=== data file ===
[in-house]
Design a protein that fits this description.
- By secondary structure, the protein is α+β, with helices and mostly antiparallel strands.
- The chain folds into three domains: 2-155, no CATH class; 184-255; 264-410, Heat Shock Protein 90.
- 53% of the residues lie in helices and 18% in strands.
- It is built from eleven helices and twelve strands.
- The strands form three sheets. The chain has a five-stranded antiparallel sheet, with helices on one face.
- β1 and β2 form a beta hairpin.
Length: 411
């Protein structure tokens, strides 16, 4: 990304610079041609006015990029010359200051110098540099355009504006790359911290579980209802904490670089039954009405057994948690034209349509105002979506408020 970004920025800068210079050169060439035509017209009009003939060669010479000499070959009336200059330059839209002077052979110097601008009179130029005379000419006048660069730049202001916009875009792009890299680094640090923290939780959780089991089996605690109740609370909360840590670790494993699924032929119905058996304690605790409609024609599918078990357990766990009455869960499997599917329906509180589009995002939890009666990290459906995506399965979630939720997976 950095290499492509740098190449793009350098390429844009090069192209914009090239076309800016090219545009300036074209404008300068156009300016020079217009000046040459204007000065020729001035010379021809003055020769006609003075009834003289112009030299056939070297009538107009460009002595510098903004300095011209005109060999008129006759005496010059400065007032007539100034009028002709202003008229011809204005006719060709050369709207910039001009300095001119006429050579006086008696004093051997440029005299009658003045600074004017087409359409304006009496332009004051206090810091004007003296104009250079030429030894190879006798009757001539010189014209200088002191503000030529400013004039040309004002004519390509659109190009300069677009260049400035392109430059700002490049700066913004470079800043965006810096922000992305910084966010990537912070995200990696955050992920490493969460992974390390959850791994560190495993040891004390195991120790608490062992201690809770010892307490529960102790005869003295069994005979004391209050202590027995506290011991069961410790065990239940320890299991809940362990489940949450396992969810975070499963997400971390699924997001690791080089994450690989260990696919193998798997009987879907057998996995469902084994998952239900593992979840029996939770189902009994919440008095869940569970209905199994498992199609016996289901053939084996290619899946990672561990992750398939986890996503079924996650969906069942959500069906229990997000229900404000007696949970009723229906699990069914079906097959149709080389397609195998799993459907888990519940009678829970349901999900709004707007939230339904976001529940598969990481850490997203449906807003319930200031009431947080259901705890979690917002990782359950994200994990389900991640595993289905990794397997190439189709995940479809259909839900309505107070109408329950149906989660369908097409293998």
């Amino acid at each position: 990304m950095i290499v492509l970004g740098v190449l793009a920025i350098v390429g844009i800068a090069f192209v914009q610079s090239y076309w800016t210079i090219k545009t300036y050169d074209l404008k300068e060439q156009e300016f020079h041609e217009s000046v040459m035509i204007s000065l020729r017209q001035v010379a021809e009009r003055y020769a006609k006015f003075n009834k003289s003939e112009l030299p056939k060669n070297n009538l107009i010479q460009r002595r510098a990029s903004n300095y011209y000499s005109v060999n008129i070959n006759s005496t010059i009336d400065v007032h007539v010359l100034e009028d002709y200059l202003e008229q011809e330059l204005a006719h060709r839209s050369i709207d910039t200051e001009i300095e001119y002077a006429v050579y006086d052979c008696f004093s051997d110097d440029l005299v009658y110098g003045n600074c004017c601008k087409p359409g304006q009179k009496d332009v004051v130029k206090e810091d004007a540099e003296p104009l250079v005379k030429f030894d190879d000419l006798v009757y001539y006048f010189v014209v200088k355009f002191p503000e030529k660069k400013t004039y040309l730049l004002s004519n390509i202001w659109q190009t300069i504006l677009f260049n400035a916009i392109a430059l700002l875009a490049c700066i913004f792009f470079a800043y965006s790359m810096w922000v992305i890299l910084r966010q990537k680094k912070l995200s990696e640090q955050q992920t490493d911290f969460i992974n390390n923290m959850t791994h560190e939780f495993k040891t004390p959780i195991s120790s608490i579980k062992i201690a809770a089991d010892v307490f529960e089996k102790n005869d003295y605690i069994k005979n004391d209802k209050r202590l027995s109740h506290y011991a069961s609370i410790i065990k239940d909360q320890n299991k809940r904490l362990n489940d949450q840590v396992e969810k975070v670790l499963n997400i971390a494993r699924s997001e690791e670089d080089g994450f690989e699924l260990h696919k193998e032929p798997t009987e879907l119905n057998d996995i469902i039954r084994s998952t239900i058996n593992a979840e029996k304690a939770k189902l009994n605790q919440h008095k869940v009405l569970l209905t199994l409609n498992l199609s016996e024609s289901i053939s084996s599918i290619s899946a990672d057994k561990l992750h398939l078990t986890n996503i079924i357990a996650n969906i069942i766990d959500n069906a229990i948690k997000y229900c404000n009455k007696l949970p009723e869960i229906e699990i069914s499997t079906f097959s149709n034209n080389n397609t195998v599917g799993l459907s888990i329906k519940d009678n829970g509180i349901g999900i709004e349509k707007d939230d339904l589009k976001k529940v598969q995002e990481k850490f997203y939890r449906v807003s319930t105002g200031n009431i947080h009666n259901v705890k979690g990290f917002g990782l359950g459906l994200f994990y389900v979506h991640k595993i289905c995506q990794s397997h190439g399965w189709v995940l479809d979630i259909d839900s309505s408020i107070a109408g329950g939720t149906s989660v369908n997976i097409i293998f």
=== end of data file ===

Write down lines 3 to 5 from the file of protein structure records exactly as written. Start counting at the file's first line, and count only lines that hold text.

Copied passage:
- By secondary structure, the protein is α+β, with helices and mostly antiparallel strands.
- The chain folds into three domains: 2-155, no CATH class; 184-255; 264-410, Heat Shock Protein 90.
- 53% of the residues lie in helices and 18% in strands.